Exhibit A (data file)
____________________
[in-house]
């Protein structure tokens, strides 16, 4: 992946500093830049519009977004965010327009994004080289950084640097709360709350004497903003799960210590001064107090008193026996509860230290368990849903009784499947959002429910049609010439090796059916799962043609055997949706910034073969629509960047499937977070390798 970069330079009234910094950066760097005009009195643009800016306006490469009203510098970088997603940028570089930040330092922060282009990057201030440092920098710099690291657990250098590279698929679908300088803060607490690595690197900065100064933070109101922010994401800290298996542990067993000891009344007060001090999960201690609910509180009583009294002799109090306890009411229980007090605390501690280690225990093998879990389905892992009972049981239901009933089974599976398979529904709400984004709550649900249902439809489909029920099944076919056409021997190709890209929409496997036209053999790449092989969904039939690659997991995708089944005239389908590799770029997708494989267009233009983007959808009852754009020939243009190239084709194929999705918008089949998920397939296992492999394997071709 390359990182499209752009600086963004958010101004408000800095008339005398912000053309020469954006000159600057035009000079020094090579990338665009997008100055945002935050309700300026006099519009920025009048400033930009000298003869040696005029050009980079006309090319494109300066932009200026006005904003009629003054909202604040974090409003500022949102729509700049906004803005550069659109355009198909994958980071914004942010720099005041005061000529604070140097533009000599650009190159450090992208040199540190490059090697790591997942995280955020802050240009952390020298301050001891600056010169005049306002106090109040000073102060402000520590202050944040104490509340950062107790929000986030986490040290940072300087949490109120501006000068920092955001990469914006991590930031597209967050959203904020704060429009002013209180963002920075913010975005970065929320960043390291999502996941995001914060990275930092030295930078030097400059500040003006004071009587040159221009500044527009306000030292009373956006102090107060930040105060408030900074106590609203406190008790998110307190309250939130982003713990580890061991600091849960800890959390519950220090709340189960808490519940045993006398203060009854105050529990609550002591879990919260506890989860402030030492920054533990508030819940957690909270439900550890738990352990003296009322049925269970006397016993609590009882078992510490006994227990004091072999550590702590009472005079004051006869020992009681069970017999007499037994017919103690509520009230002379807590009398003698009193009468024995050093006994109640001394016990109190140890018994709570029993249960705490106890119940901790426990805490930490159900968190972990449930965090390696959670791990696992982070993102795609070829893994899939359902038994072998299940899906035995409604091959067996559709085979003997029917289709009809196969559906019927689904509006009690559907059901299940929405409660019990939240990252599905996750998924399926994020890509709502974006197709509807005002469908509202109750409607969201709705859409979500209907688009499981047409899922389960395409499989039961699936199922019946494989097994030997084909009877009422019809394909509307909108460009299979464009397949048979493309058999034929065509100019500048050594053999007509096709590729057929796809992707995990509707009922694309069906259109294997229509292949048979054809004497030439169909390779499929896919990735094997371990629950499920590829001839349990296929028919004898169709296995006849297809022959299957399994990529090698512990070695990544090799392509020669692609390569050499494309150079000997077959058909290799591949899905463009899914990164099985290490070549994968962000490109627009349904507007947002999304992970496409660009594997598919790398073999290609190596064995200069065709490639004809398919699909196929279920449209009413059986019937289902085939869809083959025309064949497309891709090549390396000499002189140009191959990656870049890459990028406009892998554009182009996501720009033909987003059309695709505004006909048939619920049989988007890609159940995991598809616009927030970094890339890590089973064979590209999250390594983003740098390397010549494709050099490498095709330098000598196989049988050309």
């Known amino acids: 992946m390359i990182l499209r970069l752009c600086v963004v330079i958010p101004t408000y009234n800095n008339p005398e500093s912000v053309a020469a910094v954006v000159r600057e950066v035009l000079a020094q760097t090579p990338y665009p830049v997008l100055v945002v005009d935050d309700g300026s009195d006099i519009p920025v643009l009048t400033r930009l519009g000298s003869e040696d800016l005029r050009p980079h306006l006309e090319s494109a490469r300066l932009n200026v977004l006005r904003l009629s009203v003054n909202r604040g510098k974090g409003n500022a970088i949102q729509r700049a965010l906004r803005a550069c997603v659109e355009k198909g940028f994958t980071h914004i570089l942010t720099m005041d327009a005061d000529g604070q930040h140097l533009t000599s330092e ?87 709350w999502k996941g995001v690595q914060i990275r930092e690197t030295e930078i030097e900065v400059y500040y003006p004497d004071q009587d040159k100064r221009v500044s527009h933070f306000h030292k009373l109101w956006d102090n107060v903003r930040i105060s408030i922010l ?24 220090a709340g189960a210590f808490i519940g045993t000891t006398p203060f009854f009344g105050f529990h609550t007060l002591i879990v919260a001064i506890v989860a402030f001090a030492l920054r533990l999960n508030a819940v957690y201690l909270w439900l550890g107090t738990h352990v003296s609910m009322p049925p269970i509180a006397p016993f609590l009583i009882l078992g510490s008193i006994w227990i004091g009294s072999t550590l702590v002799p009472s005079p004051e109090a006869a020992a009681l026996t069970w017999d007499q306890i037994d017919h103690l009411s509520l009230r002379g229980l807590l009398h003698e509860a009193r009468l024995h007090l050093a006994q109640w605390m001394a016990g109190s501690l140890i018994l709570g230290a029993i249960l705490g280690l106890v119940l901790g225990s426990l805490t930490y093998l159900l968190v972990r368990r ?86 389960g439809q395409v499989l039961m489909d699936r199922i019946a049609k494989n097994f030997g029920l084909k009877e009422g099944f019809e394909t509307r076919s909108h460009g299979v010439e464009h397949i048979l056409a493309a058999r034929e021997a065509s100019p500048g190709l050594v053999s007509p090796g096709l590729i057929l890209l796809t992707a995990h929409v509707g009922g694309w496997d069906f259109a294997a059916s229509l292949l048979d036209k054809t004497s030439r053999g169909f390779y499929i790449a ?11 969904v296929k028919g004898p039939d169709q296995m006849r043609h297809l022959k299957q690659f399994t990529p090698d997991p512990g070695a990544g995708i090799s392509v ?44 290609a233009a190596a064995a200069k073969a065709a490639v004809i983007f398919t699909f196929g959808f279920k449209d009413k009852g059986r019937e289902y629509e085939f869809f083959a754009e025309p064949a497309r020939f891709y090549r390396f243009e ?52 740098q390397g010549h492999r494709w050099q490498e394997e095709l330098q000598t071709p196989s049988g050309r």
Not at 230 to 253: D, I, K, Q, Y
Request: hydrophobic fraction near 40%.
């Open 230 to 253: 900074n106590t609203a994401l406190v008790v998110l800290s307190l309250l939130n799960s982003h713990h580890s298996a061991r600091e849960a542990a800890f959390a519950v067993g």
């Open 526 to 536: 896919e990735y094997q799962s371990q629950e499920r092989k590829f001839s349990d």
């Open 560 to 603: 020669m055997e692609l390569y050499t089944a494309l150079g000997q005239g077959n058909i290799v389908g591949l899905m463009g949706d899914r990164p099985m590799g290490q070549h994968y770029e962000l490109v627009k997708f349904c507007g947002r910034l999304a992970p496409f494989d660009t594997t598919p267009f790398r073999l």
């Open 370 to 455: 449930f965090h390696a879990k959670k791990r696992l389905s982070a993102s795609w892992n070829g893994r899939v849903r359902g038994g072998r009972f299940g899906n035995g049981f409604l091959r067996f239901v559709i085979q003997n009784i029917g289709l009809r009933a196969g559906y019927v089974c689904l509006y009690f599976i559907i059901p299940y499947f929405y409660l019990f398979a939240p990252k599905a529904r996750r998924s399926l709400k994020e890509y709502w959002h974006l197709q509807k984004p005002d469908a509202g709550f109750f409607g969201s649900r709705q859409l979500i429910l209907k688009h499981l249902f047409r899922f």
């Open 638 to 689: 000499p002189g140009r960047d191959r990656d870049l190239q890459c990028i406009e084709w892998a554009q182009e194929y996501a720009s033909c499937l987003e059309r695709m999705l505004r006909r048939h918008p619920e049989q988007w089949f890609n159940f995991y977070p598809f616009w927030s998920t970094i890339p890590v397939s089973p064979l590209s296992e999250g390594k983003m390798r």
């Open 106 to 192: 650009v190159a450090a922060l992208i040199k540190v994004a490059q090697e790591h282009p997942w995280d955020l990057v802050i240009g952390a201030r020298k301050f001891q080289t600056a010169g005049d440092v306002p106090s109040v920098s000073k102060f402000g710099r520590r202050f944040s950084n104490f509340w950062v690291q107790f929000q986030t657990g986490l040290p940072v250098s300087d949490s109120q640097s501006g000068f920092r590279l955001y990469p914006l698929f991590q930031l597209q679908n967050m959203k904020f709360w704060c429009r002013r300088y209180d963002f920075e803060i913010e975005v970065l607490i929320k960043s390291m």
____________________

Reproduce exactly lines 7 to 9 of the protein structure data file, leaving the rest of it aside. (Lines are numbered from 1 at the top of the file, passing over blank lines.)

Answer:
């Open 526 to 536: 896919e990735y094997q799962s371990q629950e499920r092989k590829f001839s349990d």
């Open 560 to 603: 020669m055997e692609l390569y050499t089944a494309l150079g000997q005239g077959n058909i290799v389908g591949l899905m463009g949706d899914r990164p099985m590799g290490q070549h994968y770029e962000l490109v627009k997708f349904c507007g947002r910034l999304a992970p496409f494989d660009t594997t598919p267009f790398r073999l």
């Open 370 to 455: 449930f965090h390696a879990k959670k791990r696992l389905s982070a993102s795609w892992n070829g893994r899939v849903r359902g038994g072998r009972f299940g899906n035995g049981f409604l091959r067996f239901v559709i085979q003997n009784i029917g289709l009809r009933a196969g559906y019927v089974c689904l509006y009690f599976i559907i059901p299940y499947f929405y409660l019990f398979a939240p990252k599905a529904r996750r998924s399926l709400k994020e890509y709502w959002h974006l197709q509807k984004p005002d469908a509202g709550f109750f409607g969201s649900r709705q859409l979500i429910l209907k688009h499981l249902f047409r899922f």